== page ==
10 examples of Social Entrepreneurship

As much as if you just interested in social entrepreneurship or you are already part of a project, to know and to study some of the cases that are taking place in Spain and in other countries is a very useful and productive exercise that can bring new ideas and points of view, as well as enlighten you in practical ways about the operation and the nature of this promising type of initiative.
From technology companies to social networks, through projects of a rural nature or with a vocation of public service, all these ideas carry common denominators related to the commitment to the community, the need for Social Innovation and an essential use of creativity.


The cooperative L’Olivera, located in the Lerida village of Vallbona de les Monges, is a good example of how companies can turn to social innovation successfully. Because, from the production of up to 17 different types of wine and five oil specialties, this cooperative born in 1974 manages to socially promote people with mental disabilities and at risk of exclusion, while representing a viable economic alternative based on the natural values of the area. The process is highly manual, from pruning to packaging labeling; a reflection of a respectful practice with the environment and also of a family farming spirit. L’Olivera, which has an occupational therapy service and a residence home, currently employs more than 70 people and its success has led to the creation of a foundation and a replica project that, since 2010, is responsible for managing the vineyards of the city of Barcelona and making the official wine of the city.


Founded in 2000 in Buenos Aires, Interrupcion (thus, without tilde) is an organization dedicated to spreading fair trade and collaborating in the marketing of agricultural products that are certified under this international premise, which requires ethical working and commercial conditions. To do this, it proposes a path of sustainable Development whose culminating objective is to achieve biodynamic production, which consists of renouncing the use of traditional agricultural chemicals to move to natural methods, such as worm farms, crop rotation or the use of compost. Interrupcion, whose name wants to evoke the interest in breaking with the traditional business mentality based solely on profit, works together with about two thousand small and medium-sized companies producing fresh fruits and vegetables in Latin America, thus forming a true network of social responsibility. Since 2003 it also operates from New York and in 2012 added a new office in Peru.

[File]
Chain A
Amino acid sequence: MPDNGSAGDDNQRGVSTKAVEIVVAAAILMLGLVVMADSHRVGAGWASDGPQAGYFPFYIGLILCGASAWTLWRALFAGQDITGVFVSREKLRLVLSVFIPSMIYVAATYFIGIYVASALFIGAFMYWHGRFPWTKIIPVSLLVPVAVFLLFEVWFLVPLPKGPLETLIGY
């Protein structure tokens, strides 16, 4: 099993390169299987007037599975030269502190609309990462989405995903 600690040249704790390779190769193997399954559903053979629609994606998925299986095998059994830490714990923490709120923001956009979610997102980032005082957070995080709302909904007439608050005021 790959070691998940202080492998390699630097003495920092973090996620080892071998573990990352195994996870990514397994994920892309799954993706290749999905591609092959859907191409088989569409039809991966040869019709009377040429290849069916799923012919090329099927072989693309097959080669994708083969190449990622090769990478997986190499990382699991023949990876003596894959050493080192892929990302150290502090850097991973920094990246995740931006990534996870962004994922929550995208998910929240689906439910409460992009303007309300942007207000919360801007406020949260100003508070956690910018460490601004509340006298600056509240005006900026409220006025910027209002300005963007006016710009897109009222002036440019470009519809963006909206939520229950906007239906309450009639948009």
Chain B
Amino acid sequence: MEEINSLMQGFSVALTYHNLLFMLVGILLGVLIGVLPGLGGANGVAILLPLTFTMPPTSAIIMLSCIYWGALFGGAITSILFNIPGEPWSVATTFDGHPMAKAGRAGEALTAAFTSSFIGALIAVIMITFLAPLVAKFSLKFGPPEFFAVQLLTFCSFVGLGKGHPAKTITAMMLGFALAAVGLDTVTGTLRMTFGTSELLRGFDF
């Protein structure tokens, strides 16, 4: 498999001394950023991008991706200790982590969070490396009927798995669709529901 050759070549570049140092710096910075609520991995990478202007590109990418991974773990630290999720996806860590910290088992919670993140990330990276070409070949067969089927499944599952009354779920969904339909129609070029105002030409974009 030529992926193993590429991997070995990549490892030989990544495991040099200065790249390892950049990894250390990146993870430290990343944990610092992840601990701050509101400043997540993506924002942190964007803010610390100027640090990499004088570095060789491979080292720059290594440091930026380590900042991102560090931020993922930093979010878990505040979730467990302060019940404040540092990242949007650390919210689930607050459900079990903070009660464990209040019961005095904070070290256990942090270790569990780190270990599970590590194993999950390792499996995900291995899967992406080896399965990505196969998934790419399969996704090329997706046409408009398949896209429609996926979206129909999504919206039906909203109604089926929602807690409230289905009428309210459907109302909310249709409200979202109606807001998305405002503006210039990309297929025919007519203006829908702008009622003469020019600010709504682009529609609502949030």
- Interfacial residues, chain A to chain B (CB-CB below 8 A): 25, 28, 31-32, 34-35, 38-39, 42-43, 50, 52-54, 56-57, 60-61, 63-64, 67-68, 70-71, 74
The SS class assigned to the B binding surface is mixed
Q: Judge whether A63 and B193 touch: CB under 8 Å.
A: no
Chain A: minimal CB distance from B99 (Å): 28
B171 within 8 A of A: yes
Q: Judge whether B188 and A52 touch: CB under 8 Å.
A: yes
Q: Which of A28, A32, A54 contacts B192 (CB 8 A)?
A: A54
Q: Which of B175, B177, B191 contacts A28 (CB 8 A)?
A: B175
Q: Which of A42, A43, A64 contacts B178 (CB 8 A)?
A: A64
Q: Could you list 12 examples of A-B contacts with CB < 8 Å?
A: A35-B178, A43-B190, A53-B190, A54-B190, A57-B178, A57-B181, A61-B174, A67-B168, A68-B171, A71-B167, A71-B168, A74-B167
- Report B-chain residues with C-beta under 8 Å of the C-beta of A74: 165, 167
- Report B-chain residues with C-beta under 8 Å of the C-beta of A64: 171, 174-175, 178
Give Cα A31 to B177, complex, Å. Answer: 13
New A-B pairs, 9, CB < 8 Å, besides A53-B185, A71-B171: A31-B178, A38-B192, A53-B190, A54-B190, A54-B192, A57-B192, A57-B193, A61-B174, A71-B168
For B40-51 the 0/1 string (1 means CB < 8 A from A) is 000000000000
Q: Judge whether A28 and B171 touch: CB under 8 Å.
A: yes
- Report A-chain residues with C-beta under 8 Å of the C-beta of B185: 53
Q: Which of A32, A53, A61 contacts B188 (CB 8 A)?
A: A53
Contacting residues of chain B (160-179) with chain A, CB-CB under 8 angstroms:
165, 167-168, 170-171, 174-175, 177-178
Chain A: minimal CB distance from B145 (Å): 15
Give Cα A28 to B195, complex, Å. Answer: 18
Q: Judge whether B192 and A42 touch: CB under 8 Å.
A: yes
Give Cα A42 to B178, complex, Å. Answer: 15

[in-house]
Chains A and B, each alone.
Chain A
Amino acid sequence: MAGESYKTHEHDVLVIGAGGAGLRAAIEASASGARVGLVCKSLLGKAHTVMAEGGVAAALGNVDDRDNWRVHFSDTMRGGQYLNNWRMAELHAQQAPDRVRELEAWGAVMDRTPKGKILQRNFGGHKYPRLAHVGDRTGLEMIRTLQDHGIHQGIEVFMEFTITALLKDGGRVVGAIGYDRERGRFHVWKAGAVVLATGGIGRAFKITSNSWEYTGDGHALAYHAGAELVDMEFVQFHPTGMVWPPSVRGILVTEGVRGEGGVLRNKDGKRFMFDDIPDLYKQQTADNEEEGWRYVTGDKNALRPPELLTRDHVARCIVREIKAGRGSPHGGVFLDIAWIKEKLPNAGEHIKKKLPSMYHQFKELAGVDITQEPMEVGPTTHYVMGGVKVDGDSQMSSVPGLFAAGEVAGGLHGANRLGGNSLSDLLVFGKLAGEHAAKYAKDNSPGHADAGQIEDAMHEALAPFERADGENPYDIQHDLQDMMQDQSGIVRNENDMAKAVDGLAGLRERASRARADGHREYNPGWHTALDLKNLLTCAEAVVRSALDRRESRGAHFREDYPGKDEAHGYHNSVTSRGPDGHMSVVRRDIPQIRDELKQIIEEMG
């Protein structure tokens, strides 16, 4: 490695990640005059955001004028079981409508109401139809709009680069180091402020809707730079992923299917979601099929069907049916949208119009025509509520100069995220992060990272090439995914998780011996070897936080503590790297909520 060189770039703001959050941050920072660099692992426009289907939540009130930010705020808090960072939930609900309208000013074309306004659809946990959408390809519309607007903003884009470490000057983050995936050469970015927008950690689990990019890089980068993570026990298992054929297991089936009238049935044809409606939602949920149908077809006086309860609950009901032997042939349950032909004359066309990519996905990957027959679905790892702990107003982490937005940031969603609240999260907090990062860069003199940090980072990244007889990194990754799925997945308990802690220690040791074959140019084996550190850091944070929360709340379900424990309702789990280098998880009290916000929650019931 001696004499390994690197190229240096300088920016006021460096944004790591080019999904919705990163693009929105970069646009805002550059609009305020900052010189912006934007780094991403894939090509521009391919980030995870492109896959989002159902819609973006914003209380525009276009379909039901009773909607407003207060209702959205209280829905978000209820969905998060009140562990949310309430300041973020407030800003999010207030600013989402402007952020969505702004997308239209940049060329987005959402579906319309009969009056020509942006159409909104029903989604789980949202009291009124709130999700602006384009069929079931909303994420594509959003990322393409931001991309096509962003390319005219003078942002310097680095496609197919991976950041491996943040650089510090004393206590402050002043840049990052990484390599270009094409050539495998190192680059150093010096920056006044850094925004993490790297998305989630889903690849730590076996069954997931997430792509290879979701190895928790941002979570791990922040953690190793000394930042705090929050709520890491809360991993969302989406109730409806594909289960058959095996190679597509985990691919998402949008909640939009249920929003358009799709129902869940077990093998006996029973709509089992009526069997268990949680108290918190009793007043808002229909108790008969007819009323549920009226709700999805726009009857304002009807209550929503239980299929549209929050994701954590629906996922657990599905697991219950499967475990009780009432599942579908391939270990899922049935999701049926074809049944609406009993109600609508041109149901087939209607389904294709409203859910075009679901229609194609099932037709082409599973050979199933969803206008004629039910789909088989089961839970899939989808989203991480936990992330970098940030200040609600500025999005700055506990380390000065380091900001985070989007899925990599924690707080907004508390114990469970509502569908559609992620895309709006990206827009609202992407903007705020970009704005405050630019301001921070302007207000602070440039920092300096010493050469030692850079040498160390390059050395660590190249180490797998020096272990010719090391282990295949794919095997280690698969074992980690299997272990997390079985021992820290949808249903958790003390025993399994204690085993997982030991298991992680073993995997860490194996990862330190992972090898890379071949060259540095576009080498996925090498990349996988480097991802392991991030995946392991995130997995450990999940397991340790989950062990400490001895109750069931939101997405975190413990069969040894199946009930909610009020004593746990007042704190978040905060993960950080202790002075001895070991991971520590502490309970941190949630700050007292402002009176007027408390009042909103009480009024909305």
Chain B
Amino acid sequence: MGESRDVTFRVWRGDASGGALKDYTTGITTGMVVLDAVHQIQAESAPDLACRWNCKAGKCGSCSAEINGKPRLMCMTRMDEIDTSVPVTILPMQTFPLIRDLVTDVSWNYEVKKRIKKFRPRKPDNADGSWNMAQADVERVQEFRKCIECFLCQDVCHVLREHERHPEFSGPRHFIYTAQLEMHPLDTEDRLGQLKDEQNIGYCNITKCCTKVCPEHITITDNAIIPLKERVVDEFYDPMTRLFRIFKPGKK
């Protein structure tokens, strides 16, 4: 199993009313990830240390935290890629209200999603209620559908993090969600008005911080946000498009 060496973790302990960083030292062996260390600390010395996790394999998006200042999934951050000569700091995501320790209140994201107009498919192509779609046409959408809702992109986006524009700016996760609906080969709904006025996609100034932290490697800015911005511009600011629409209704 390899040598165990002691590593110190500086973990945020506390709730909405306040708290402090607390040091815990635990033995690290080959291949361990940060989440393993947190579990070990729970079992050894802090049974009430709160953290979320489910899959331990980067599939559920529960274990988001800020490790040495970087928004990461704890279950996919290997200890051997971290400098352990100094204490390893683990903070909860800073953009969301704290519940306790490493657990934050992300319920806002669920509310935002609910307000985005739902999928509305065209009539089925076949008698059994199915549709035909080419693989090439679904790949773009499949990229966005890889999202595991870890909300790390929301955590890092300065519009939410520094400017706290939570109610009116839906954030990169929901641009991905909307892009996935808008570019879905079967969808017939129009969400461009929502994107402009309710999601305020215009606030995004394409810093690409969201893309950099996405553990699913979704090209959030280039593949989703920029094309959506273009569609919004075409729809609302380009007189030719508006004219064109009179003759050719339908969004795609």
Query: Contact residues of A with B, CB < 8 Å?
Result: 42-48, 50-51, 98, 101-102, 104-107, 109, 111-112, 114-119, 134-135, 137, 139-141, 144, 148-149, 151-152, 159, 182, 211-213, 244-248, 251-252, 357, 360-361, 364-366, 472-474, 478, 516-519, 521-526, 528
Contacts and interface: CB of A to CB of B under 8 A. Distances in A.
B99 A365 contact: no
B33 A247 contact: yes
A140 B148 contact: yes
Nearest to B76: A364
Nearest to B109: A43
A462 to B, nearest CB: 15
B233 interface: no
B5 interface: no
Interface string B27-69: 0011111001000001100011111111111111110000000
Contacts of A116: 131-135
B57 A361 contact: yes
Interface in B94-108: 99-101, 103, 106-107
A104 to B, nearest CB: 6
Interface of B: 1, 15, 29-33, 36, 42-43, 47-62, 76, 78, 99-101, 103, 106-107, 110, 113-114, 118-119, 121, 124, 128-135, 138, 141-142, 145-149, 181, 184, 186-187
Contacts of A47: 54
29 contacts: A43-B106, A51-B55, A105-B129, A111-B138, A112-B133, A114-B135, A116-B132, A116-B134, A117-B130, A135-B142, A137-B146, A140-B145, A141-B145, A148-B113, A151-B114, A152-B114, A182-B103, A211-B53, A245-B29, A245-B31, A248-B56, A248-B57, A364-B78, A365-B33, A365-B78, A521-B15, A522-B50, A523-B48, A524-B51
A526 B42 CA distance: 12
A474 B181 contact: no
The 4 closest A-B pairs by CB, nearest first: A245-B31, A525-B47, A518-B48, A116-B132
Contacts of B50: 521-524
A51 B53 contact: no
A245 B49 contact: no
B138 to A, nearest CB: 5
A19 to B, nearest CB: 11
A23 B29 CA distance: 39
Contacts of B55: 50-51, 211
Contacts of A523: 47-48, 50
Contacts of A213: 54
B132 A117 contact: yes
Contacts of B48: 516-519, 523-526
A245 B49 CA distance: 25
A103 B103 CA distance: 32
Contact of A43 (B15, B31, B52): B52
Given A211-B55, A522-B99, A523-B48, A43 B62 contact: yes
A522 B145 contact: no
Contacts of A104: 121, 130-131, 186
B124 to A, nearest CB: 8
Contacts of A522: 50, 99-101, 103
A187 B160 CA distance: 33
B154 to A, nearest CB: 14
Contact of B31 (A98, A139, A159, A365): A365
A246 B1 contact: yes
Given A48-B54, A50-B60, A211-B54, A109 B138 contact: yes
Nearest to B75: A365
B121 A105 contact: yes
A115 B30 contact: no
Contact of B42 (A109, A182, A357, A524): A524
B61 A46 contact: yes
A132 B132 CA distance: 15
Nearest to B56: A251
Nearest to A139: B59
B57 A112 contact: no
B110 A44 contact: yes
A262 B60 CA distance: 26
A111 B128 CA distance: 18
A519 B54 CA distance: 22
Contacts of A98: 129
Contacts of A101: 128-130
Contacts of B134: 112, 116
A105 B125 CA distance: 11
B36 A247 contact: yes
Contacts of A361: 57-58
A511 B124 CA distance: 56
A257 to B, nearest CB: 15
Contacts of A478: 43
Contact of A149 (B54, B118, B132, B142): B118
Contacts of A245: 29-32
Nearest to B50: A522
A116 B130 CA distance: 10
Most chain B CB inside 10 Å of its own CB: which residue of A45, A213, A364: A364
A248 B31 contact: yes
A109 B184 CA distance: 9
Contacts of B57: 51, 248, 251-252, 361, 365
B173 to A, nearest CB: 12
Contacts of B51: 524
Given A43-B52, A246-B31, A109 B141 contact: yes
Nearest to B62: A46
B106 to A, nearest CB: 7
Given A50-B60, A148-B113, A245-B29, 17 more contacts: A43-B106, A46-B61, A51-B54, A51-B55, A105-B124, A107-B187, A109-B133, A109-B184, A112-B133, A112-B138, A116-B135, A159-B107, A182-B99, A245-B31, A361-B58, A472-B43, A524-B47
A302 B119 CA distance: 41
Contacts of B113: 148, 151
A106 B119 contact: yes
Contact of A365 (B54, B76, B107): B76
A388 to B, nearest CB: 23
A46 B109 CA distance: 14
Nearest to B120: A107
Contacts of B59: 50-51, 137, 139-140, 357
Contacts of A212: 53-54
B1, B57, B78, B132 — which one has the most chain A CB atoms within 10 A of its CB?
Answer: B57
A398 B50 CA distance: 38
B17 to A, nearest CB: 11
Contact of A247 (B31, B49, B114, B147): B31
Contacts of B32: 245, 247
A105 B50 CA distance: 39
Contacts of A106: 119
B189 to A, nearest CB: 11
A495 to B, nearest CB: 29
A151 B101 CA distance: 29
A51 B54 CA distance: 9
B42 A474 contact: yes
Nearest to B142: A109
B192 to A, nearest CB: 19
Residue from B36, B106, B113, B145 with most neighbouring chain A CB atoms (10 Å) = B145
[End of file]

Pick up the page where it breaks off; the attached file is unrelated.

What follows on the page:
We are a social enterprise, not a company or an NGO,” says Yaqua, a Peruvian bottled water brand that, by offering distribution companies the same profit margin as the competition, devotes 100% of its profits to the implementation of water systems suitable for consumption in small communities that lack this basic service. Of the 31 million people living in Peru, about eight million do not have access to drinking water. Yaqua fights this crisis by working with NGO’s experienced in this problem and bringing to rural populations of up to 100 homes and plunged into extreme poverty the necessary infrastructure to alleviate this very serious problem. It is a paradigmatic case of social entrepreneurship and one of the first to appear in Lima (the project saw the light in mid 2013). With an initial production of 5,000 bottles, they multiplied this figure by 16 in a few months using typically commercial strategies, such as promoting themselves with the help of popular figure in Peruvian society or making use of viral marketing that the internet makes possible.